Govt officials meet with Houston residents over possible land acquisitions

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Officials from the Ministry of Public Infrastructure yesterday (October 10, 2017) met with residents of Houston, East Bank Demerara to provide information on possible land acquisition as the upcoming New Demerara River Bridge project picks up steam.

Residents from four different households turned out to meet with the officials, which included Senior Engineer (Central Transport and Planning), Ronald Roberts; Transport Planning Officer (Economist), Ms Ramona Duncan; and Socio-environmental Officer, Shawn-Ann Greene.

Senior Engineer, Ronald Roberts, of the Ministry of Public Infrastructure explains alignment details for the New Demerara River Bridge to residents of Houston, East Bank Demerara during a recent engagement within the community

During the engagement, Ms Greene explained that the “first grassroots community meeting” was an effort by the Ministry to foster a transparent process as the project gets underway. Even though the project is in its initial stages, Greene emphasised that community engagement from the get-go was a necessity.

“We want to ensure that you are informed every step of the way,” Greene said.  She added that all of the previously identified homes might not be affected upon the determination of the final design of the bridge. Nonetheless, all of the residents will be privy to the necessary information.

According to a release from the Public Infrastructure Ministry, the proposed alignment for the new bridge and additional project details, including findings from the Feasibility Study and Design, were also shared with the residents. “The residents were informed that more detailed economic, social, and environmental impact assessments will be conducted when the project moves beyond its preliminary stages and these assessments will take into account many of the residents’ concerns.”

According to the residents, their main concerns were being evicted from their properties without adequate notice and not being adequately compensated. The residents also shared that while they had no issues with relocation, they would prefer new homes on the East Bank of Demerara or somewhere close by.

“We’ve established lives for ourselves in this area; we’re accustomed to this life and we want to continue those lives as best as possible,” one resident explained.

In turn, the Ministry officials emphasised that sufficient notice would be given if the removal of homes becomes necessary. Furthermore, the officials shared that the Ministry of Legal Affairs would be negotiating directly with the residents on compensation while the Lands and Surveys Department will be conducting the valuation process to ensure that residents are correctly reimbursed for their homes.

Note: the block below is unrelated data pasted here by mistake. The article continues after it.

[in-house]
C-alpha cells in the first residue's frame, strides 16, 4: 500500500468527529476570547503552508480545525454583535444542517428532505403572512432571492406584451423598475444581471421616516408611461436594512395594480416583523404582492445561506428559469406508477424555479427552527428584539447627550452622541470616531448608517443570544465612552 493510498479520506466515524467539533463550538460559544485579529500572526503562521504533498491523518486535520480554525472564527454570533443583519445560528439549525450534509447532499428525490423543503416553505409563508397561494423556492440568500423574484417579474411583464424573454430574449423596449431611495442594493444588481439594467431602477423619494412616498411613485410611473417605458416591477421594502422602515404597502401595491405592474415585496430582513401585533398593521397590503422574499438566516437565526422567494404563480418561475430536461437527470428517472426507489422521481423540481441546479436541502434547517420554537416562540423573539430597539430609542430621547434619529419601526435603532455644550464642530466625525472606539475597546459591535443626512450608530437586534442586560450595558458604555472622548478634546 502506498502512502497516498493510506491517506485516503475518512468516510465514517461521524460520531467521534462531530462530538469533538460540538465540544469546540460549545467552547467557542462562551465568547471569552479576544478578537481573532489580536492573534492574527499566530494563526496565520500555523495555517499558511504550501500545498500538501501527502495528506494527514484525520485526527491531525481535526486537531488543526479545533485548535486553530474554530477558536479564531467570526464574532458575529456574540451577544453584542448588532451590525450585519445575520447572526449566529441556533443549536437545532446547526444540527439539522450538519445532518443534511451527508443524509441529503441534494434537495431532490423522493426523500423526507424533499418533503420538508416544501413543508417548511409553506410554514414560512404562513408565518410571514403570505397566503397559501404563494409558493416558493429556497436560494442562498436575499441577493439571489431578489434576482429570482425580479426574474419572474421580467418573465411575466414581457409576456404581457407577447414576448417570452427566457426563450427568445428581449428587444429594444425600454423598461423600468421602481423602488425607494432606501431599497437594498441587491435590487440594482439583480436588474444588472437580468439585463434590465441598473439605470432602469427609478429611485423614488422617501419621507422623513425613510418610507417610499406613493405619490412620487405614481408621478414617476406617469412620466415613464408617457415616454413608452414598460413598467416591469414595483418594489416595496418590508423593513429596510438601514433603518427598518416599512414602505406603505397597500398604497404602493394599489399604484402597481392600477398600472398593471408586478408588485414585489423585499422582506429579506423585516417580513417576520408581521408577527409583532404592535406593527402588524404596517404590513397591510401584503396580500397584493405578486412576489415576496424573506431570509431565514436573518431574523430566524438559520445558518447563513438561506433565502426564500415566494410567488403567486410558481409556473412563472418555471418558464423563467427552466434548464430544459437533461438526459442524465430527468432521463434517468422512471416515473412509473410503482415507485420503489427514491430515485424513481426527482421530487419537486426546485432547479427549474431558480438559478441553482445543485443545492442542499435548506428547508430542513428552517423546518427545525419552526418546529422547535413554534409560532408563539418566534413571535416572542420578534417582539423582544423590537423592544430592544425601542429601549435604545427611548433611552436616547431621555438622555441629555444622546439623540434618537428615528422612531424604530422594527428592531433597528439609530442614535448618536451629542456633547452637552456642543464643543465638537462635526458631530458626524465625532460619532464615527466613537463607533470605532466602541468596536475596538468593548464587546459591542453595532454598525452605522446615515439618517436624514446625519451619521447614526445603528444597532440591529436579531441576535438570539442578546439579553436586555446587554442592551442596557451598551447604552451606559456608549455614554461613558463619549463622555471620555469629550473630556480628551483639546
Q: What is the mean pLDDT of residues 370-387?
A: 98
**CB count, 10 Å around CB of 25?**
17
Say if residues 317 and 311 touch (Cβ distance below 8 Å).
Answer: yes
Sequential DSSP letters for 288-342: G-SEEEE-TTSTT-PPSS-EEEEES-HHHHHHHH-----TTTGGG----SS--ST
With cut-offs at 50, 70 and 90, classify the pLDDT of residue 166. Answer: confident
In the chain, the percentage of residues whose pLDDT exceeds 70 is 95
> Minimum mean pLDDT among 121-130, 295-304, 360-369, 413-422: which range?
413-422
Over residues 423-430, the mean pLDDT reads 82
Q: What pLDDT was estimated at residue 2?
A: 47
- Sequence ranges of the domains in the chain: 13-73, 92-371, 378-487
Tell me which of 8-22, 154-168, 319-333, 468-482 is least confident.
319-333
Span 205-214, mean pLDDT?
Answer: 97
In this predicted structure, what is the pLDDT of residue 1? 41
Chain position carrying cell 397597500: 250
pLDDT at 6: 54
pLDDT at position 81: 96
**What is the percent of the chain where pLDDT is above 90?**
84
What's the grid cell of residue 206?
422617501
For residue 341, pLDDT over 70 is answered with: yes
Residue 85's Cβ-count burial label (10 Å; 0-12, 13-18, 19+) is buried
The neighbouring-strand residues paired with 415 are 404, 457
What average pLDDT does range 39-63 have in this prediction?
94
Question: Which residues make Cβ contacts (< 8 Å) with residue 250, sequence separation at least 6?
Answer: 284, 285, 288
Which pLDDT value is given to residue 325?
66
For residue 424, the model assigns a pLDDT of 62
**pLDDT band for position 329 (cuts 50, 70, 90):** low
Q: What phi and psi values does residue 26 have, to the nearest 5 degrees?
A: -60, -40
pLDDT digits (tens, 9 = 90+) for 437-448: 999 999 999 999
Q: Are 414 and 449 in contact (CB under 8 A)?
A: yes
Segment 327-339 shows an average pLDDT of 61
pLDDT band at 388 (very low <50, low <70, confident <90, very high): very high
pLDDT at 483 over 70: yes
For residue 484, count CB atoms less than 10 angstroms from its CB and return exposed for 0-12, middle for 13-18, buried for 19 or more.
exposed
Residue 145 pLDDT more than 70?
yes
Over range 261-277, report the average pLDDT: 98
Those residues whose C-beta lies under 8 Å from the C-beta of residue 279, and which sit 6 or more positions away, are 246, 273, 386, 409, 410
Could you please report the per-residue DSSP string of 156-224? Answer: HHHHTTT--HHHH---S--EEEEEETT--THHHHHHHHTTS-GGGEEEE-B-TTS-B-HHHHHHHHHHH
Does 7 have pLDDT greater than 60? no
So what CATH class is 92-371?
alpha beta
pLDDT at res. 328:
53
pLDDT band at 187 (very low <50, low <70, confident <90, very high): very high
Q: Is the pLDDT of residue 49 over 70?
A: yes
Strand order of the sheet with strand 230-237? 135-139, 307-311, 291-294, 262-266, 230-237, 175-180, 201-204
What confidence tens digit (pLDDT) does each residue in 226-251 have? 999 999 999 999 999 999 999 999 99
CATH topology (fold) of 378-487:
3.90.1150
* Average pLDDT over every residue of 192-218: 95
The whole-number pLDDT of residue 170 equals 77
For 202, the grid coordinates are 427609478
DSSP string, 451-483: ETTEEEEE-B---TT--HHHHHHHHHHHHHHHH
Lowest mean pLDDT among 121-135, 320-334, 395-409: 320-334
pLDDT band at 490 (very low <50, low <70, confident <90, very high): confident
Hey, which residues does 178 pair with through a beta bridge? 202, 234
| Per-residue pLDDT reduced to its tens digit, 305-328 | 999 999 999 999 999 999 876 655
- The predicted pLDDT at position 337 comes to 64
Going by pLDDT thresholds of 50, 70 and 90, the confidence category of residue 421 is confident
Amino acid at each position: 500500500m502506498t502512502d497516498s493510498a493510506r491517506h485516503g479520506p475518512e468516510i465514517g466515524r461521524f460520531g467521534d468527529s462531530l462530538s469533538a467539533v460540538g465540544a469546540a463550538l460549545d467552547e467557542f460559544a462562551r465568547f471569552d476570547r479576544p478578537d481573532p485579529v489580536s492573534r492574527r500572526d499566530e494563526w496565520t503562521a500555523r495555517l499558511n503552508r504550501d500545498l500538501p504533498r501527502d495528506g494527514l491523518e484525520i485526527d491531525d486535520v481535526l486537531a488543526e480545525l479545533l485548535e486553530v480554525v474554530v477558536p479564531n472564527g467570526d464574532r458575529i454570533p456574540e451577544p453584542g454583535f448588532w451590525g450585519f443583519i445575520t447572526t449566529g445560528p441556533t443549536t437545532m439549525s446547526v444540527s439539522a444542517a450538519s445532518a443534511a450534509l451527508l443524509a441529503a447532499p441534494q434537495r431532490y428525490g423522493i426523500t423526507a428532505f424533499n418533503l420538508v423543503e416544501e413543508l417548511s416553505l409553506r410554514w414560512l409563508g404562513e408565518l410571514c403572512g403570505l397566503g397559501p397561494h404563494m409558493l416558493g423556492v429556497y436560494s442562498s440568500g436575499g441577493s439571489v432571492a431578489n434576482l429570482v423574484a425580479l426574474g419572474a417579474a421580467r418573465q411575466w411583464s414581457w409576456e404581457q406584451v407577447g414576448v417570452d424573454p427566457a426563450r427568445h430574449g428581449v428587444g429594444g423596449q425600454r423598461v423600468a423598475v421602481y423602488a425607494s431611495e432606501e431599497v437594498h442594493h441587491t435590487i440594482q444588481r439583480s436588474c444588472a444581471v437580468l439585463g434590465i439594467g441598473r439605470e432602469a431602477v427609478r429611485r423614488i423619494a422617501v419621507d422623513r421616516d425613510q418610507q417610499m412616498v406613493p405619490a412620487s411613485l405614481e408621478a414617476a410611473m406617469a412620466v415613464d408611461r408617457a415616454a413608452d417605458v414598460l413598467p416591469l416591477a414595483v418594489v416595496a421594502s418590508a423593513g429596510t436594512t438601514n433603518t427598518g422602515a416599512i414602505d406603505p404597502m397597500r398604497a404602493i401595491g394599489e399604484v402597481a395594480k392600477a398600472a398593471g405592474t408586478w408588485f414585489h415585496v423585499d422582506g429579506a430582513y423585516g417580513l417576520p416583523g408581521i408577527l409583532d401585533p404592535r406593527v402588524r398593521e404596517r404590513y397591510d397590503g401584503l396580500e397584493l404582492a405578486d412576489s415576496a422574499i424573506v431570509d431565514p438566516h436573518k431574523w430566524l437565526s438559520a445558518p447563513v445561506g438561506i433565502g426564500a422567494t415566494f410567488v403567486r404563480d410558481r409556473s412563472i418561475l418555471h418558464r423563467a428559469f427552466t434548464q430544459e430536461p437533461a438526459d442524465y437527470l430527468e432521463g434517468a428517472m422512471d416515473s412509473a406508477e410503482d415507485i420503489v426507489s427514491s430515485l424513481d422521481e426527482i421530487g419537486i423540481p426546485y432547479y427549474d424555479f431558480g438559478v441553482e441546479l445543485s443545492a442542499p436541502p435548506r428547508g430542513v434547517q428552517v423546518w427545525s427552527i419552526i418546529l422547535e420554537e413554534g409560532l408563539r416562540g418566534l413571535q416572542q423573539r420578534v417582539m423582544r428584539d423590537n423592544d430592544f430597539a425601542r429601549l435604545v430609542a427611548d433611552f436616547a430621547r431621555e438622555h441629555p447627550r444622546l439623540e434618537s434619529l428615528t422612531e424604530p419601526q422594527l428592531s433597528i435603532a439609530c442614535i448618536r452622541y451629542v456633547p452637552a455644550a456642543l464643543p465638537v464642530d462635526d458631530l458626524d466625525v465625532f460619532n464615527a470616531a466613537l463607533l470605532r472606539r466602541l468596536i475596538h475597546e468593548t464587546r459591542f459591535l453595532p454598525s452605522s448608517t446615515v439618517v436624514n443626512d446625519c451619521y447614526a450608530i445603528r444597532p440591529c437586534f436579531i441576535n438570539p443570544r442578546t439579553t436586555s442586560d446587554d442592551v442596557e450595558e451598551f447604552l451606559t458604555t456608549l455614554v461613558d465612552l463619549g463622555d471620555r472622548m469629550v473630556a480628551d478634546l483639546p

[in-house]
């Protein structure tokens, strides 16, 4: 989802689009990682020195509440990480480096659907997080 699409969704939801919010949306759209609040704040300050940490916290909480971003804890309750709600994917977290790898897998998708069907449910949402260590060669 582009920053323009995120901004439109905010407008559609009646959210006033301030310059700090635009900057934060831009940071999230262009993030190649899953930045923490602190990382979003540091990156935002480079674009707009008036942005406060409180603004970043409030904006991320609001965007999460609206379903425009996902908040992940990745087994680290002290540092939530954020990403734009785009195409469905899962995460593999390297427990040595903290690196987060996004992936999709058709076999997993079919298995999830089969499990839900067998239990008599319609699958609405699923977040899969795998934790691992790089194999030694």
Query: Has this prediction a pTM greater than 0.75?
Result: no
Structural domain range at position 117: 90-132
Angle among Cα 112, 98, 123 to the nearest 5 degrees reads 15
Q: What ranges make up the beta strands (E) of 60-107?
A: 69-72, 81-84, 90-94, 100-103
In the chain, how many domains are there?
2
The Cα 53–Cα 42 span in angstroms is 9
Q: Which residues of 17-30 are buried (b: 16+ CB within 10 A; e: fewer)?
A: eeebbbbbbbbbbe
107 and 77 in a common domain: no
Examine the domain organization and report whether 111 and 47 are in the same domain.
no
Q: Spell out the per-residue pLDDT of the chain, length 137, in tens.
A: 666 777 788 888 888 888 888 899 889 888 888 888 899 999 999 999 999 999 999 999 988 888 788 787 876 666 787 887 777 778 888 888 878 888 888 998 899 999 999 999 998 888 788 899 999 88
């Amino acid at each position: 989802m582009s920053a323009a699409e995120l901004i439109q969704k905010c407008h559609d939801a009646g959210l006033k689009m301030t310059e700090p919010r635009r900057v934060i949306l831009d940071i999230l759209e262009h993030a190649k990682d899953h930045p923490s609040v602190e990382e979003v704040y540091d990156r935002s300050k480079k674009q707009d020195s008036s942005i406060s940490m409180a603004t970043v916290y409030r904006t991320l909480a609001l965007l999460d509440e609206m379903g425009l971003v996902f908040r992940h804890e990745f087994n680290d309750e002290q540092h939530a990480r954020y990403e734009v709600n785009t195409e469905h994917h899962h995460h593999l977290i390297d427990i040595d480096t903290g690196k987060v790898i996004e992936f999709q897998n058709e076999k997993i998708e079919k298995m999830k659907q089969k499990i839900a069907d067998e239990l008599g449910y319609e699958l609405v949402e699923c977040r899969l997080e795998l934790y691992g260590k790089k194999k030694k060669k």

The residents expressed their appreciation for the meeting with the Ministry officials and said that the meeting quelled much of their fears.

“Today’s meeting was very informative and I appreciate the Ministry coming and making us aware of what’s going on cause all the time we didn’t know anything about what was going on. Now that they’ve come we feel a bit more comfortable with the process and whatever has to come in the future, we will try to cooperate with whatever has to be done,” Rantwi Rupnarain, a Houston resident for 60 years, said.

An artist’s impression of what the new Demerara River bridge will look like

Government’s move to meet with the residents came after initial concerns were raised by them about being in the dark over the Public Infrastructure Ministry’s plans regarding the removal of several homes to facilitate construction of the crossing.

The new Demerara River Bridge, which will connect Houston on the East Bank and Versailles on the West Bank, will be a medium level bridge with three vehicular lanes and a central movable part in the form of a lift span to allow for the passage of ocean-going vessels.

The project will also include the construction of two fly-over bridges and 11 km of connecting roads on the eastern and western banks of the Demerara River, providing seamless connection to the existing road network.

The construction of the new bridge however, has come under intense scrutiny by the political Opposition, who, among other highlighted concerns, lodged a formal complaint with the the Public Procurement Commission (PPC), calling for an investigation into the selection and award of a $146 million contract to Dutch firm, LievenseCSO, for the feasibility study of the new Demerara River Crossing/Bridge.

It was later confirmed by the Public Infrastructure Minister, David Patterson that the contract was sole-sourced in favour of LievenseCSO, which he said was recommended after the original tenders were annulled.

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